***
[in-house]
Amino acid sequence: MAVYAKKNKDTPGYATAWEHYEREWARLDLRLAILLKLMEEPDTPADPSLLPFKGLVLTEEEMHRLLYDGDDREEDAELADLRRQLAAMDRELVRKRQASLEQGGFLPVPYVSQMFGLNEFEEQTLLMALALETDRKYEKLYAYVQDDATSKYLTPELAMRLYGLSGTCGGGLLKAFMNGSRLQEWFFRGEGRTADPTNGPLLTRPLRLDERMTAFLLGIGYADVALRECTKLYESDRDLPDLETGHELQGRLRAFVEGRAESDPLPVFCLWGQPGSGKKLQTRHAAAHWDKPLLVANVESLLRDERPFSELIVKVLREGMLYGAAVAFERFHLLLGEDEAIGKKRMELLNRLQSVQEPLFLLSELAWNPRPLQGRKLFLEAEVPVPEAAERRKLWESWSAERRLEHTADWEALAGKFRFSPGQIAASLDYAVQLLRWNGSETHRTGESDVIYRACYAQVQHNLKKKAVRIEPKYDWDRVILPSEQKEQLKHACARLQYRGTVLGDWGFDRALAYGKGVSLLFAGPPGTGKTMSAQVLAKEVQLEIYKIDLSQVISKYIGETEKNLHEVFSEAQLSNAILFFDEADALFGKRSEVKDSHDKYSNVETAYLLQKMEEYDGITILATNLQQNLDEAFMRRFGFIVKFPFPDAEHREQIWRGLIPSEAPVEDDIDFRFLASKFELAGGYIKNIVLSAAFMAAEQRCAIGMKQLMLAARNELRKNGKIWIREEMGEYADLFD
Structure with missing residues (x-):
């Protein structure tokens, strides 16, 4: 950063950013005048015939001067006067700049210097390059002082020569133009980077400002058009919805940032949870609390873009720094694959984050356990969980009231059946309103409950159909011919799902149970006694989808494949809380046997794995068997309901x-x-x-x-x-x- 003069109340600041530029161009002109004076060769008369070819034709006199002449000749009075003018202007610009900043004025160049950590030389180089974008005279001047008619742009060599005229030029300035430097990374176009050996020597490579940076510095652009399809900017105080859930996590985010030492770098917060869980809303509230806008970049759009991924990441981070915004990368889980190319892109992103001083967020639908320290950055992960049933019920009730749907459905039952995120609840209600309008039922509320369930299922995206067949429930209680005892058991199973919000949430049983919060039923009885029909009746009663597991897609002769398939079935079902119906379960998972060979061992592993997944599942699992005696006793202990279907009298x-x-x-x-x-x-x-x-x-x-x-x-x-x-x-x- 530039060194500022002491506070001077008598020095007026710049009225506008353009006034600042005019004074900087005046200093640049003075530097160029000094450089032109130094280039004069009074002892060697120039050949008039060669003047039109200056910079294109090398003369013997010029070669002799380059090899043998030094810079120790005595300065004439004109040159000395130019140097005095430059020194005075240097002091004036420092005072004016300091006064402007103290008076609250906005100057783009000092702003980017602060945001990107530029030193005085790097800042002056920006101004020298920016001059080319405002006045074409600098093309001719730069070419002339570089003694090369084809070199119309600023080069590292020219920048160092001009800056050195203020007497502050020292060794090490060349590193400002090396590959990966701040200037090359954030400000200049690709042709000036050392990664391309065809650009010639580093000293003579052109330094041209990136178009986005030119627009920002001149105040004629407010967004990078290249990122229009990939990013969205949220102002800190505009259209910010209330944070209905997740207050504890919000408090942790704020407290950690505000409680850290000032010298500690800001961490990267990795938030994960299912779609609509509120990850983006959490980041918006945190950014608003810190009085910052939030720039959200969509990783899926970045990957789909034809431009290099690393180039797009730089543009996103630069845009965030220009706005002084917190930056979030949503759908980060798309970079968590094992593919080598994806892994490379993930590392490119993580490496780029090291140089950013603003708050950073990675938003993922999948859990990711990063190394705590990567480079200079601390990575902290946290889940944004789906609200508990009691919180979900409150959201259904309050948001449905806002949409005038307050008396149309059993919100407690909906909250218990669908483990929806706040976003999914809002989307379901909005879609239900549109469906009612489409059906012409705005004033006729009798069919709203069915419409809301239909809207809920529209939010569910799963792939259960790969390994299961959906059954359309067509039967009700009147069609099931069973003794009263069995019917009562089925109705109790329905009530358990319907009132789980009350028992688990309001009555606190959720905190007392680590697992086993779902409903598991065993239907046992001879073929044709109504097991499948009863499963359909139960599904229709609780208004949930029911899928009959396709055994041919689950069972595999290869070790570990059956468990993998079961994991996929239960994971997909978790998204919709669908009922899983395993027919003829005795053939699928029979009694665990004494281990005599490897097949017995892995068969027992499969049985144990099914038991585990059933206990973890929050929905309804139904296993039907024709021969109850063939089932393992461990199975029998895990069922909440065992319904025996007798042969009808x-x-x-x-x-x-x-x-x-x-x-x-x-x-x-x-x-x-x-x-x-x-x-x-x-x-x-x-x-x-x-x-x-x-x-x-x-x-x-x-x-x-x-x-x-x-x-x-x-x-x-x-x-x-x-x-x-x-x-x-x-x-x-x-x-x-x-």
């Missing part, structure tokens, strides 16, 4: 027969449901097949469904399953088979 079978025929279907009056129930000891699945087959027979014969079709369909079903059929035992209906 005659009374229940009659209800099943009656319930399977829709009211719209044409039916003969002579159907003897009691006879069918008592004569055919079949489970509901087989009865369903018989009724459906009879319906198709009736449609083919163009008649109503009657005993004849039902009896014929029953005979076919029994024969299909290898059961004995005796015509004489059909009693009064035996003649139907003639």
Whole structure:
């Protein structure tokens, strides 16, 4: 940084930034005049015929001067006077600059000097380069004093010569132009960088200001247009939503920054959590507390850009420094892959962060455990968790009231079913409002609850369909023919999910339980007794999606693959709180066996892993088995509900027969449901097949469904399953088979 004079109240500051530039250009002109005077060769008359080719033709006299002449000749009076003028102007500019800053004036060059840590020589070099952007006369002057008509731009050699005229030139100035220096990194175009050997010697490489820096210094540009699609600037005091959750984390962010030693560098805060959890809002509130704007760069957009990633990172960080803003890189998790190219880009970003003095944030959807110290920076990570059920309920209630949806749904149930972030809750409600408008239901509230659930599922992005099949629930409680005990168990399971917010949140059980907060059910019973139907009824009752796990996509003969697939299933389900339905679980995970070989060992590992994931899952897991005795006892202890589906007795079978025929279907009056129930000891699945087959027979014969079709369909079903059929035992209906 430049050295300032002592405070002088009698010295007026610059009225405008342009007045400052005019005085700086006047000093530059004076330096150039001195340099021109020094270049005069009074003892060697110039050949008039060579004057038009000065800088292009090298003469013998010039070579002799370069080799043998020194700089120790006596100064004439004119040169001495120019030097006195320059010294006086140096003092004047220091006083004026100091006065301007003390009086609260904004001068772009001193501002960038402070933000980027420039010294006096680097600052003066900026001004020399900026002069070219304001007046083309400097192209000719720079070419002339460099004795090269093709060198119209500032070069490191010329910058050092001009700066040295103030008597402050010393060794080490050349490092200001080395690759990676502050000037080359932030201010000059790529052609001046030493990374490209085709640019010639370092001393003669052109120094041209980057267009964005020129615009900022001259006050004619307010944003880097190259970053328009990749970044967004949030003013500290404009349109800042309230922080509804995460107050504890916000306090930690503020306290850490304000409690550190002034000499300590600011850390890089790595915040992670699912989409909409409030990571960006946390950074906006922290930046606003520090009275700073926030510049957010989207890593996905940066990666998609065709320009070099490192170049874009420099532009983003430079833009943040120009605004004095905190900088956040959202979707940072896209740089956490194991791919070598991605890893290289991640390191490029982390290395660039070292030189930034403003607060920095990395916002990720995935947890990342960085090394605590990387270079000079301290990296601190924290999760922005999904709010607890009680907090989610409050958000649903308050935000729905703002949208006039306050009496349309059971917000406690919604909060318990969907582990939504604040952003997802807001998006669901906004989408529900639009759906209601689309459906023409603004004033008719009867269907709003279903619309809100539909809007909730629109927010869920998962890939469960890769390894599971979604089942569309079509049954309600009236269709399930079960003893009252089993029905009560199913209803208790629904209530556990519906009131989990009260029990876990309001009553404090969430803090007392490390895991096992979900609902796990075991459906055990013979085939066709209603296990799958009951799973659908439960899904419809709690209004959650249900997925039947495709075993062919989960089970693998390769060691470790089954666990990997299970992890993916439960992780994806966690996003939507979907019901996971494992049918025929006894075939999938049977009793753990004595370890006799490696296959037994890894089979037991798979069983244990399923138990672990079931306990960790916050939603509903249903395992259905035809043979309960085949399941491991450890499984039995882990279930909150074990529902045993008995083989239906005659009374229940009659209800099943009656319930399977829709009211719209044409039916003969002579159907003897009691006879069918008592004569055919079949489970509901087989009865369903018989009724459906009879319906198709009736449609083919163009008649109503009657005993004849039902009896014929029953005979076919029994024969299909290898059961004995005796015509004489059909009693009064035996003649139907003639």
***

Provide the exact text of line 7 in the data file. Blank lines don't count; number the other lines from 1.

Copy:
């Protein structure tokens, strides 16, 4: 940084930034005049015929001067006077600059000097380069004093010569132009960088200001247009939503920054959590507390850009420094892959962060455990968790009231079913409002609850369909023919999910339980007794999606693959709180066996892993088995509900027969449901097949469904399953088979 004079109240500051530039250009002109005077060769008359080719033709006299002449000749009076003028102007500019800053004036060059840590020589070099952007006369002057008509731009050699005229030139100035220096990194175009050997010697490489820096210094540009699609600037005091959750984390962010030693560098805060959890809002509130704007760069957009990633990172960080803003890189998790190219880009970003003095944030959807110290920076990570059920309920209630949806749904149930972030809750409600408008239901509230659930599922992005099949629930409680005990168990399971917010949140059980907060059910019973139907009824009752796990996509003969697939299933389900339905679980995970070989060992590992994931899952897991005795006892202890589906007795079978025929279907009056129930000891699945087959027979014969079709369909079903059929035992209906 430049050295300032002592405070002088009698010295007026610059009225405008342009007045400052005019005085700086006047000093530059004076330096150039001195340099021109020094270049005069009074003892060697110039050949008039060579004057038009000065800088292009090298003469013998010039070579002799370069080799043998020194700089120790006596100064004439004119040169001495120019030097006195320059010294006086140096003092004047220091006083004026100091006065301007003390009086609260904004001068772009001193501002960038402070933000980027420039010294006096680097600052003066900026001004020399900026002069070219304001007046083309400097192209000719720079070419002339460099004795090269093709060198119209500032070069490191010329910058050092001009700066040295103030008597402050010393060794080490050349490092200001080395690759990676502050000037080359932030201010000059790529052609001046030493990374490209085709640019010639370092001393003669052109120094041209980057267009964005020129615009900022001259006050004619307010944003880097190259970053328009990749970044967004949030003013500290404009349109800042309230922080509804995460107050504890916000306090930690503020306290850490304000409690550190002034000499300590600011850390890089790595915040992670699912989409909409409030990571960006946390950074906006922290930046606003520090009275700073926030510049957010989207890593996905940066990666998609065709320009070099490192170049874009420099532009983003430079833009943040120009605004004095905190900088956040959202979707940072896209740089956490194991791919070598991605890893290289991640390191490029982390290395660039070292030189930034403003607060920095990395916002990720995935947890990342960085090394605590990387270079000079301290990296601190924290999760922005999904709010607890009680907090989610409050958000649903308050935000729905703002949208006039306050009496349309059971917000406690919604909060318990969907582990939504604040952003997802807001998006669901906004989408529900639009759906209601689309459906023409603004004033008719009867269907709003279903619309809100539909809007909730629109927010869920998962890939469960890769390894599971979604089942569309079509049954309600009236269709399930079960003893009252089993029905009560199913209803208790629904209530556990519906009131989990009260029990876990309001009553404090969430803090007392490390895991096992979900609902796990075991459906055990013979085939066709209603296990799958009951799973659908439960899904419809709690209004959650249900997925039947495709075993062919989960089970693998390769060691470790089954666990990997299970992890993916439960992780994806966690996003939507979907019901996971494992049918025929006894075939999938049977009793753990004595370890006799490696296959037994890894089979037991798979069983244990399923138990672990079931306990960790916050939603509903249903395992259905035809043979309960085949399941491991450890499984039995882990279930909150074990529902045993008995083989239906005659009374229940009659209800099943009656319930399977829709009211719209044409039916003969002579159907003897009691006879069918008592004569055919079949489970509901087989009865369903018989009724459906009879319906198709009736449609083919163009008649109503009657005993004849039902009896014929029953005979076919029994024969299909290898059961004995005796015509004489059909009693009064035996003649139907003639």